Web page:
Drebbel may have come into contact with the inverted flask via della Porta, but I suspect not. Instead of the simple glass flask, Drebbel’s version much more closely resembled that of Philo of Byzantium with its sphere and bent pipe passing into the water of a jug. Indeed, Drebbel’s version used an alchemist’s glass retort with a long, narrowing spout — it was strikingly similar to the aeolipile, or philosopher’s bellows, which I mentioned in Part I was used throughout the middle ages by alchemists to issue high-pressure steam at a lamp’s flame, producing a sort of blow-torch effect with which to melt metal or glass.11
Drebbel, as a practising alchemist obsessed with fire, would have been very familiar with the philosopher’s bellows. But quite apart from its use of the expansive force of steam, the tricky thing was how to fill it with water in the first place. As a later French author put it, “there is a finesse in filling these aeolipiles with water through such a small hole, and one must be a Philosopher to find it out.”12 The knack to it, documented as early as 1594, and which I strongly suspect was known and practised by at least a few aeolipile-users throughout the middle ages, was to heat the vessel when empty and then plunge it into cold water so that it would “suck some of the water into it” as it cooled.13 It could be heated up and then cooled again and again to suck in even more. In other words, the clever method of filling the narrow-spouted aeolipile was to make use of the sucking power of condensation, exactly as described by della Porta in the 1550s and by Philo almost two thousand years earlier. Thanks to the continuous use of the aeolipile by alchemists, the raising of water through condensation may have continued to be put into practice since ancient times, and before the spread of print.
Regardless of whether Drebbel got the idea from della Porta’s books or from the traditions of alchemists, however, he took it significantly further. For a start, he noticed the fact that once the water was sucked into the cooling glass retort, the level of water in it would continue to rise and fall, even when it wasn’t being heated or cooled on purpose — movements that were the result of natural changes to atmospheric pressure and temperature. Now, in a sense, Philo had already exploited this, his original model having relied on the alternating presence or absence of the sun’s heat. But Drebbel realised its potential. It was not just an inanimate machine. It seemed instead to be a living microcosm, tapping and displaying the elemental transmutations and perpetual motion of the universe itself.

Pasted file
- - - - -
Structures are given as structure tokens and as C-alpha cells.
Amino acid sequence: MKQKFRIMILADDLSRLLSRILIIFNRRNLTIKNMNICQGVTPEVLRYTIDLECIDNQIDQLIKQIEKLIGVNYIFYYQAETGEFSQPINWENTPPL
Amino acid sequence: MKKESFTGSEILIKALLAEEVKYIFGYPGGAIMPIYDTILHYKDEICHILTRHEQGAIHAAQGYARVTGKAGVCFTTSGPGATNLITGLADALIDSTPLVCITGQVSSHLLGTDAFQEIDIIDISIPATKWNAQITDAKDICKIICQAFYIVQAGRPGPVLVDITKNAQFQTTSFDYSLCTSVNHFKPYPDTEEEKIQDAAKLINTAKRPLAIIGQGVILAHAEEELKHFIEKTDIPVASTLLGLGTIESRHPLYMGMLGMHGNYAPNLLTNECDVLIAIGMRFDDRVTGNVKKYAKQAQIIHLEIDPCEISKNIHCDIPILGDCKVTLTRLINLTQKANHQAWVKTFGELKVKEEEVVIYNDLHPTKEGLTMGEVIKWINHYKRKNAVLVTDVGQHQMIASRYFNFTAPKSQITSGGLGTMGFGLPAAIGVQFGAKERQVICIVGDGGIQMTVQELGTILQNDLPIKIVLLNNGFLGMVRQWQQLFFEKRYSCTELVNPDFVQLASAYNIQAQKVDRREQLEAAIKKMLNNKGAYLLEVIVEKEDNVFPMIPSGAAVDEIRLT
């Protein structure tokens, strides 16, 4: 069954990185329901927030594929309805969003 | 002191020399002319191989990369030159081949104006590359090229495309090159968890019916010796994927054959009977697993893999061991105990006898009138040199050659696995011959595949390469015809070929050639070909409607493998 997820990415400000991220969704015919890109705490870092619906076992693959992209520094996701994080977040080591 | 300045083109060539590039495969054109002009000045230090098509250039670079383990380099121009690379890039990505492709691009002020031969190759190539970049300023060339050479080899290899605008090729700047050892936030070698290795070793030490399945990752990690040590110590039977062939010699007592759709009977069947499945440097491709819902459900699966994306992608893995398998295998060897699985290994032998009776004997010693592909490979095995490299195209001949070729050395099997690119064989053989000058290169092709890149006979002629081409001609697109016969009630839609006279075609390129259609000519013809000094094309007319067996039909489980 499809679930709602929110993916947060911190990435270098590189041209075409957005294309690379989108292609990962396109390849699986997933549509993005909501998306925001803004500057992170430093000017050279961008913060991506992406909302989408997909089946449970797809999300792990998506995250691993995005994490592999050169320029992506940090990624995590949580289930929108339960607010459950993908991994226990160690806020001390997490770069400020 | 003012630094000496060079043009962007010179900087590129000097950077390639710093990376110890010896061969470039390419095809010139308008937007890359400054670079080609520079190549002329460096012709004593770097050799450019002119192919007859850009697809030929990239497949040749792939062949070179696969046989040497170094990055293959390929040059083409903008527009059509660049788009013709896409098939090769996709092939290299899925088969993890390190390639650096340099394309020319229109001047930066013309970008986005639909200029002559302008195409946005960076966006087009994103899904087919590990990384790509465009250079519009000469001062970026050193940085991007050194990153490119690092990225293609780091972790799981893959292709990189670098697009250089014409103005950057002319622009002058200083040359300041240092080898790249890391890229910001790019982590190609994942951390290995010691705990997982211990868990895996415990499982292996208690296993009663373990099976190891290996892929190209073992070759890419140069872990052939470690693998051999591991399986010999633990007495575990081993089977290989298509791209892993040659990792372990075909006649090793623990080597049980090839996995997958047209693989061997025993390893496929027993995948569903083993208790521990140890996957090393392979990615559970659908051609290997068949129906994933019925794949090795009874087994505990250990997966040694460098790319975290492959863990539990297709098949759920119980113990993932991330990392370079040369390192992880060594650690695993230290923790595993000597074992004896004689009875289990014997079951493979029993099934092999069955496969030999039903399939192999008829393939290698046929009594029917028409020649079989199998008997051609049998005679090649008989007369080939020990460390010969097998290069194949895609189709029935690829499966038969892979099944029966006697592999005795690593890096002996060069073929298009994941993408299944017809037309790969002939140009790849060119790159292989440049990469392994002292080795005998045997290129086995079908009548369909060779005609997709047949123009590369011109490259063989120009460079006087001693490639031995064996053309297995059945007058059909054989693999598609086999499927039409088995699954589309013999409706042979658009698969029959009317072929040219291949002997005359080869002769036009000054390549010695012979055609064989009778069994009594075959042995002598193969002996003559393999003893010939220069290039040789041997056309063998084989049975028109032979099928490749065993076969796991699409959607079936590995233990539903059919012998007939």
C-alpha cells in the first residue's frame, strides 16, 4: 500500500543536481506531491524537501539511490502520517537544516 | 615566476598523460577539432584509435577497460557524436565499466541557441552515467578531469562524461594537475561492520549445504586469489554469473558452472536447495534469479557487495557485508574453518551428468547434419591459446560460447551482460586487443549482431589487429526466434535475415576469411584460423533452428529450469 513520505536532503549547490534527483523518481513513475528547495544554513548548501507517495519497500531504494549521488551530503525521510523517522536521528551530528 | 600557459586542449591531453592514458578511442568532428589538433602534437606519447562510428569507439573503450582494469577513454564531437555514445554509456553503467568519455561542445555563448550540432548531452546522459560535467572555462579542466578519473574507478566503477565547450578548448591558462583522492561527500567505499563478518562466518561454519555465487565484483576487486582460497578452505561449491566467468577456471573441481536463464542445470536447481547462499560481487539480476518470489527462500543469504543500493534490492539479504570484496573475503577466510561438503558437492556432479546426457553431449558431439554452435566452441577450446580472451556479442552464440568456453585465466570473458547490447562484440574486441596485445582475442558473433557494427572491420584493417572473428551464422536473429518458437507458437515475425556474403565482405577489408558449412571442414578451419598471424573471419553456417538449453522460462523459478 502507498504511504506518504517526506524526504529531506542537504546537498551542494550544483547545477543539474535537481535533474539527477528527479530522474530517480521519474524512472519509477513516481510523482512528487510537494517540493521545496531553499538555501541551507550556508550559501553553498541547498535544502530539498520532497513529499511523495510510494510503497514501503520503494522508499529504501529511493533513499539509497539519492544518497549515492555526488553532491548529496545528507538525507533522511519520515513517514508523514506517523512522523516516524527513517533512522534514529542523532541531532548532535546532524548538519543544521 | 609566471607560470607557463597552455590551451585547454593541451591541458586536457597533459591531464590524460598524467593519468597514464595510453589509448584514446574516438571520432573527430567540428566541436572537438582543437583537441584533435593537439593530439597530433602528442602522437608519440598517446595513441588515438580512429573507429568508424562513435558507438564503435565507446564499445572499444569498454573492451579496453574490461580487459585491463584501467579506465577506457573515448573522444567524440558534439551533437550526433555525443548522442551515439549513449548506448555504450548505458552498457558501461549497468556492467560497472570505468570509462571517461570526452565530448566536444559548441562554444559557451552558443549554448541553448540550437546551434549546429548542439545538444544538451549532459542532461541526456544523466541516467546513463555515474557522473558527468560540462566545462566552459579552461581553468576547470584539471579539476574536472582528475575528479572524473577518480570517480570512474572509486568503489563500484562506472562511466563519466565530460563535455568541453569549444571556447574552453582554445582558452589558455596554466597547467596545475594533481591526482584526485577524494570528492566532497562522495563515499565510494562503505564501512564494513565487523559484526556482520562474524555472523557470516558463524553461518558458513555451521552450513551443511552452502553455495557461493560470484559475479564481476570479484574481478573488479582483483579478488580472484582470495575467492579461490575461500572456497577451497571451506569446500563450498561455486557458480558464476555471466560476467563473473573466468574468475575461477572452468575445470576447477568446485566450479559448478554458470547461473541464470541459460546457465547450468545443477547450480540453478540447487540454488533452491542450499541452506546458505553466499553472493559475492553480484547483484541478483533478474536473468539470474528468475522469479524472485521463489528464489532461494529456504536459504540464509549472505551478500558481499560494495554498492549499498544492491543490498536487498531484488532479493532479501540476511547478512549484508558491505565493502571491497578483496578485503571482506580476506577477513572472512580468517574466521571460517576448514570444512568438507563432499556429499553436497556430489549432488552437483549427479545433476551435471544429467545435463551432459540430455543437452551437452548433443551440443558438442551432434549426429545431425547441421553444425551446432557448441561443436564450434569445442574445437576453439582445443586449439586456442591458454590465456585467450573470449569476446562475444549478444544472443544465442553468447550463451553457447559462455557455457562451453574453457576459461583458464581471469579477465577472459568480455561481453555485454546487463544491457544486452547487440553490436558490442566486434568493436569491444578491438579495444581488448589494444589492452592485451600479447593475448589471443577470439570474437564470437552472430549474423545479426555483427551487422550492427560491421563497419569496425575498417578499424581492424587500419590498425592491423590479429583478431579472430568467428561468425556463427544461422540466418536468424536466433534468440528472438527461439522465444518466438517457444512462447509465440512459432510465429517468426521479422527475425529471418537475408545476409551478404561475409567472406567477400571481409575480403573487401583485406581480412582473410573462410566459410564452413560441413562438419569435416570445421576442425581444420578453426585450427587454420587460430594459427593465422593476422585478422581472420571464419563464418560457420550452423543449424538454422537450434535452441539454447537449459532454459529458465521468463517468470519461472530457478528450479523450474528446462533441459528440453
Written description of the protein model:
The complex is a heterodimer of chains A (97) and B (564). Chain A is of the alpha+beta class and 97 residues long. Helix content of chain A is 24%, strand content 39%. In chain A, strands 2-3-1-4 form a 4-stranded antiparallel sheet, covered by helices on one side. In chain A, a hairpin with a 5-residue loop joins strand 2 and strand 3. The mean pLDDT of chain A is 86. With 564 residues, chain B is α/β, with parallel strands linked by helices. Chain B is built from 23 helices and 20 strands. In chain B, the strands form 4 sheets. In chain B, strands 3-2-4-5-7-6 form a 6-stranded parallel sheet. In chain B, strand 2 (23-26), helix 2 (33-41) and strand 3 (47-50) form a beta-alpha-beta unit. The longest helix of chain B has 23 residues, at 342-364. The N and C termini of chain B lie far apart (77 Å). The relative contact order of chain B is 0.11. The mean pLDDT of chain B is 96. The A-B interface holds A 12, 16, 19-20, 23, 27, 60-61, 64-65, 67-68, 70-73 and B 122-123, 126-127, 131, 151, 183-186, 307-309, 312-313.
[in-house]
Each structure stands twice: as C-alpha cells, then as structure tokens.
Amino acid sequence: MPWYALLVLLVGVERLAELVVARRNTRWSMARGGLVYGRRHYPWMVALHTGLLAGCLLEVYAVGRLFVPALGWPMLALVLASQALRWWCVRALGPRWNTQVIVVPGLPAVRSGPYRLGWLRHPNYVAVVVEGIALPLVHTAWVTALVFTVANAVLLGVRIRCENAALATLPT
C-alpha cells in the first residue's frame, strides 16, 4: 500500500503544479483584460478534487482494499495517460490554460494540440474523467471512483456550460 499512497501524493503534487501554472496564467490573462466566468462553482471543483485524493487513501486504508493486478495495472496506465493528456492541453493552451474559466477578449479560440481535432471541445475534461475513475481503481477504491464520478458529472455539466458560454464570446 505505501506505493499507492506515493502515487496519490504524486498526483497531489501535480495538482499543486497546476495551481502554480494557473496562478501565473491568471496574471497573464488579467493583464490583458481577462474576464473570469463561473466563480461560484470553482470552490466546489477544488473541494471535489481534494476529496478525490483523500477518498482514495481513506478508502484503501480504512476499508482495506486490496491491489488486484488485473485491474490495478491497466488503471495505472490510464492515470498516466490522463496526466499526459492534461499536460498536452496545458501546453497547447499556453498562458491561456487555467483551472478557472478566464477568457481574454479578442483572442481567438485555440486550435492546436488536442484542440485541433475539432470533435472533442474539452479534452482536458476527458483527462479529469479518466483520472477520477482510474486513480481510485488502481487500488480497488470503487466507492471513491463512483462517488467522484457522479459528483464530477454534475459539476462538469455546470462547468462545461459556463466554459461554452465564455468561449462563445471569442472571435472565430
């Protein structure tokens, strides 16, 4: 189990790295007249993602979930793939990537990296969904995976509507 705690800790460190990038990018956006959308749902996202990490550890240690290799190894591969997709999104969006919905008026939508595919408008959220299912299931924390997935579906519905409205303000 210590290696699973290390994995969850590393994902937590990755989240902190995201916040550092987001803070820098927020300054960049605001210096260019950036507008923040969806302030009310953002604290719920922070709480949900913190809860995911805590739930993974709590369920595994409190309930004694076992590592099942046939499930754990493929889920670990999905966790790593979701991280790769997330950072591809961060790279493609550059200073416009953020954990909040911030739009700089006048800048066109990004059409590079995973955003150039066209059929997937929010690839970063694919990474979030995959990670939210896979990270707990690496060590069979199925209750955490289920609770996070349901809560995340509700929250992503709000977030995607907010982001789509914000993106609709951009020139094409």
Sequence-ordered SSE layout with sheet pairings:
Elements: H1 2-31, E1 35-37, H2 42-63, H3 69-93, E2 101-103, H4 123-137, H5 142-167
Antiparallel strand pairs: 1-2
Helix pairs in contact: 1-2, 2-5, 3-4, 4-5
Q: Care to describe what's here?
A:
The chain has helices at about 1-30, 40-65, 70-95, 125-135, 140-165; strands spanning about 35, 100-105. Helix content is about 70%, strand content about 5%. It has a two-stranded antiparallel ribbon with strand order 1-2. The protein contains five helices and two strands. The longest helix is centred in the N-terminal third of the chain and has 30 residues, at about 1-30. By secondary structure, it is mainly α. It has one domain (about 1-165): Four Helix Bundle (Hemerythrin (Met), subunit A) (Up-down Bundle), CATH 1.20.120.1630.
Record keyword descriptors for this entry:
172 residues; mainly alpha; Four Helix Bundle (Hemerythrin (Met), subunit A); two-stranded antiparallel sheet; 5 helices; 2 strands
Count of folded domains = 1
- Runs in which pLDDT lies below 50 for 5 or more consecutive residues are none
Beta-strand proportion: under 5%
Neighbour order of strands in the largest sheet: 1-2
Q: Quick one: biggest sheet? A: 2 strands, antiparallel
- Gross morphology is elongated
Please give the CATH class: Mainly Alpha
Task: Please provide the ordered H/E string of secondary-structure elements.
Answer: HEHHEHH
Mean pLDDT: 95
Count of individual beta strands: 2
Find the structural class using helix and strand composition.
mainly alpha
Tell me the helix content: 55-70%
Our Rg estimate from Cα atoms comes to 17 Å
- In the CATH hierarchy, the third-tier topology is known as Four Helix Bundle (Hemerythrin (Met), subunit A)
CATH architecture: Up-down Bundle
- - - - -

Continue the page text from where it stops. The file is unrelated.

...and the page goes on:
That recurring, perpetual motion could be applied to plenty of uses. In 1598 Drebbel obtained a Dutch patent for a perpetual clock, and a few years later was writing to king James I of England offering to construct for him a comprehensive and perpetually moving model of the entire cosmos. He made good on the offer. Displayed at Eltham Palace from c.1606, Drebbel’s perpetual motion machine became the wonder of all Europe.
The Eltham Wonder
Drebbel was cagey about revealing the machine’s details. His career as an inventor relied on making his specific skills and knowledge seem indispensable. But we have sufficient hints from his own writings and plenty of drawings and descriptions by visitors, his friends, and his relatives, to have a pretty good general idea of how it worked. A sphere in the centre moved to show the time, day, months, and years, along with the signs of the zodiac, and various other movements of the heavens. Blue-tinted liquid in a ring of glass around it appeared to move and up and down in keeping with the ebb and flow of the tides. Another little sphere above it rotated to indicate the phases of the moon. (To accompany it, Drebbel also designed instruments that would automatically sound at certain times.)
How the “tide” ebbed and flowed was most likely because it was a version of the inverted water flask, all contained within a glass tube shaped like a broken circle. With air trapped in the closed end, and with the other end open to the atmosphere, the level of the tinted liquid — possibly water, though it’s unclear — would rise and fall in response to small changes in temperature and atmospheric pressure, particularly between the relative cold of night and the heat of day. So long as the liquid in it did not all evaporate out of the open end (if it was water, it was probably occasionally topped up), it would continue to rise and fall, day after day, for months and even years.14
As for the perpetual movement of the dials and spheres, the clues are contained in the published work of one of Drebbel’s colleagues at the court of James I: none other than the person who started off my entire investigation, the French engineer Salomon de Caus. Listed immediately before de Caus’s solar-powered atmospheric fountain is a description of a “machine that moves of itself”, which operated on nearly identical principles. De Caus thought it blasphemous and vain to call its motion perpetual, as only God was truly without beginning or end, but he nonetheless described a variant of the inverted flask where the rise and fall of the level of water thanks to changes in temperature would also raise or drop a weight attached to a pulley, which in turn could be connected to a dial or clock.15